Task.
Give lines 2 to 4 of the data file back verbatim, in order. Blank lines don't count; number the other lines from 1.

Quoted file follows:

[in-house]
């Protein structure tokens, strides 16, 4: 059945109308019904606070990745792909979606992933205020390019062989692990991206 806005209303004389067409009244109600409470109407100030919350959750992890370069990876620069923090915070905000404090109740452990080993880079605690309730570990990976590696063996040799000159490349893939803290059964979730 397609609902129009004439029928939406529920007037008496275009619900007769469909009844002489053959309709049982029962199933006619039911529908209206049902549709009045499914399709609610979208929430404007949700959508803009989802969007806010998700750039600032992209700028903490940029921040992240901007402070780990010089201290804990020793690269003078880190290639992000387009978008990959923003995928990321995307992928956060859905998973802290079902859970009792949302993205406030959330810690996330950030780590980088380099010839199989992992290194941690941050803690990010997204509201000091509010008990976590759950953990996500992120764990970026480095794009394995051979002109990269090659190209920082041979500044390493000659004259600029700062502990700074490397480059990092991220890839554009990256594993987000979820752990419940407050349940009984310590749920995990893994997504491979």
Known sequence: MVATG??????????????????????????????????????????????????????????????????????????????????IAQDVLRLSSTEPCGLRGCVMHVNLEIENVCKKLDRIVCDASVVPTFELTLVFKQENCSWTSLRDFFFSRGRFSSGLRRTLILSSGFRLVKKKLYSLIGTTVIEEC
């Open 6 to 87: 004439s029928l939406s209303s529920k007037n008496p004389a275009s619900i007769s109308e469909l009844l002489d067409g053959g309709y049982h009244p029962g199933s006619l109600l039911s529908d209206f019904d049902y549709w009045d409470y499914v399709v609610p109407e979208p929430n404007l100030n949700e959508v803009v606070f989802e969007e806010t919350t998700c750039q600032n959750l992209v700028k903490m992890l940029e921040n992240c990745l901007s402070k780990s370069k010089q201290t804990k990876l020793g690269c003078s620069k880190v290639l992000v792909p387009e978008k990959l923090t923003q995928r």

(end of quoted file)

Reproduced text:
């Protein structure tokens, strides 16, 4: 059945109308019904606070990745792909979606992933205020390019062989692990991206 806005209303004389067409009244109600409470109407100030919350959750992890370069990876620069923090915070905000404090109740452990080993880079605690309730570990990976590696063996040799000159490349893939803290059964979730 397609609902129009004439029928939406529920007037008496275009619900007769469909009844002489053959309709049982029962199933006619039911529908209206049902549709009045499914399709609610979208929430404007949700959508803009989802969007806010998700750039600032992209700028903490940029921040992240901007402070780990010089201290804990020793690269003078880190290639992000387009978008990959923003995928990321995307992928956060859905998973802290079902859970009792949302993205406030959330810690996330950030780590980088380099010839199989992992290194941690941050803690990010997204509201000091509010008990976590759950953990996500992120764990970026480095794009394995051979002109990269090659190209920082041979500044390493000659004259600029700062502990700074490397480059990092991220890839554009990256594993987000979820752990419940407050349940009984310590749920995990893994997504491979």
Known sequence: MVATG??????????????????????????????????????????????????????????????????????????????????IAQDVLRLSSTEPCGLRGCVMHVNLEIENVCKKLDRIVCDASVVPTFELTLVFKQENCSWTSLRDFFFSRGRFSSGLRRTLILSSGFRLVKKKLYSLIGTTVIEEC
């Open 6 to 87: 004439s029928l939406s209303s529920k007037n008496p004389a275009s619900i007769s109308e469909l009844l002489d067409g053959g309709y049982h009244p029962g199933s006619l109600l039911s529908d209206f019904d049902y549709w009045d409470y499914v399709v609610p109407e979208p929430n404007l100030n949700e959508v803009v606070f989802e969007e806010t919350t998700c750039q600032n959750l992209v700028k903490m992890l940029e921040n992240c990745l901007s402070k780990s370069k010089q201290t804990k990876l020793g690269c003078s620069k880190v290639l992000v792909p387009e978008k990959l923090t923003q995928r």